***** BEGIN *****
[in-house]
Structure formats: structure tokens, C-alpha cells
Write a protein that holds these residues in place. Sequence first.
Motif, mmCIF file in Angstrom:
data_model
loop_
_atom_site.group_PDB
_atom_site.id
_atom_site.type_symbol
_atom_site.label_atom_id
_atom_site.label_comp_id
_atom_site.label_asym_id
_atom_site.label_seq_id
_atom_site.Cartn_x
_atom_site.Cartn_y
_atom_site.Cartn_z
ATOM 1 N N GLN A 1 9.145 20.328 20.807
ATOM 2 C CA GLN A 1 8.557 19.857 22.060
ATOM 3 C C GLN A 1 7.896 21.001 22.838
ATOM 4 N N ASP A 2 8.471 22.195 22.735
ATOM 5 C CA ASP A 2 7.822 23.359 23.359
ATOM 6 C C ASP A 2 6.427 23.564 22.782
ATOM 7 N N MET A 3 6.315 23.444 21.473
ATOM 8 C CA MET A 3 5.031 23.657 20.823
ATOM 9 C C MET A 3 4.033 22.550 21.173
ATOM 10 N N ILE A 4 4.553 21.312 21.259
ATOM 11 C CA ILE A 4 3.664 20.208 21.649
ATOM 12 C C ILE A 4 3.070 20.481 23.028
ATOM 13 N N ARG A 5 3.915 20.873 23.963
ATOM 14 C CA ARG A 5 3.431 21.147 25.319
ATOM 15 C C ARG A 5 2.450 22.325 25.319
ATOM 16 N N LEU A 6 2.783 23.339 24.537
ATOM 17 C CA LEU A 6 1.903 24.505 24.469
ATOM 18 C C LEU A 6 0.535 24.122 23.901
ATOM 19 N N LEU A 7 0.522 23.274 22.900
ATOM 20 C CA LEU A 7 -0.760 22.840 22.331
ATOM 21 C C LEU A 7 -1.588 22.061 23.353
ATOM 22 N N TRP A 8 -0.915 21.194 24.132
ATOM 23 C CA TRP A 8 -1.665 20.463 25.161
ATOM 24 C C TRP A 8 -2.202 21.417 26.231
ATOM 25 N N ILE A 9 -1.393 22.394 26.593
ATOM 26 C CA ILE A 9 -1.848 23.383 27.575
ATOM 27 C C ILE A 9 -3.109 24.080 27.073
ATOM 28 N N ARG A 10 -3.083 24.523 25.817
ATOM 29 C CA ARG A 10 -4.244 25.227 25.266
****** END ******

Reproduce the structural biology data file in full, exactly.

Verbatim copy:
[in-house]
Structure formats: structure tokens, C-alpha cells
Write a protein that holds these residues in place. Sequence first.
Motif, mmCIF file in Angstrom:
data_model
loop_
_atom_site.group_PDB
_atom_site.id
_atom_site.type_symbol
_atom_site.label_atom_id
_atom_site.label_comp_id
_atom_site.label_asym_id
_atom_site.label_seq_id
_atom_site.Cartn_x
_atom_site.Cartn_y
_atom_site.Cartn_z
ATOM 1 N N GLN A 1 9.145 20.328 20.807
ATOM 2 C CA GLN A 1 8.557 19.857 22.060
ATOM 3 C C GLN A 1 7.896 21.001 22.838
ATOM 4 N N ASP A 2 8.471 22.195 22.735
ATOM 5 C CA ASP A 2 7.822 23.359 23.359
ATOM 6 C C ASP A 2 6.427 23.564 22.782
ATOM 7 N N MET A 3 6.315 23.444 21.473
ATOM 8 C CA MET A 3 5.031 23.657 20.823
ATOM 9 C C MET A 3 4.033 22.550 21.173
ATOM 10 N N ILE A 4 4.553 21.312 21.259
ATOM 11 C CA ILE A 4 3.664 20.208 21.649
ATOM 12 C C ILE A 4 3.070 20.481 23.028
ATOM 13 N N ARG A 5 3.915 20.873 23.963
ATOM 14 C CA ARG A 5 3.431 21.147 25.319
ATOM 15 C C ARG A 5 2.450 22.325 25.319
ATOM 16 N N LEU A 6 2.783 23.339 24.537
ATOM 17 C CA LEU A 6 1.903 24.505 24.469
ATOM 18 C C LEU A 6 0.535 24.122 23.901
ATOM 19 N N LEU A 7 0.522 23.274 22.900
ATOM 20 C CA LEU A 7 -0.760 22.840 22.331
ATOM 21 C C LEU A 7 -1.588 22.061 23.353
ATOM 22 N N TRP A 8 -0.915 21.194 24.132
ATOM 23 C CA TRP A 8 -1.665 20.463 25.161
ATOM 24 C C TRP A 8 -2.202 21.417 26.231
ATOM 25 N N ILE A 9 -1.393 22.394 26.593
ATOM 26 C CA ILE A 9 -1.848 23.383 27.575
ATOM 27 C C ILE A 9 -3.109 24.080 27.073
ATOM 28 N N ARG A 10 -3.083 24.523 25.817
ATOM 29 C CA ARG A 10 -4.244 25.227 25.266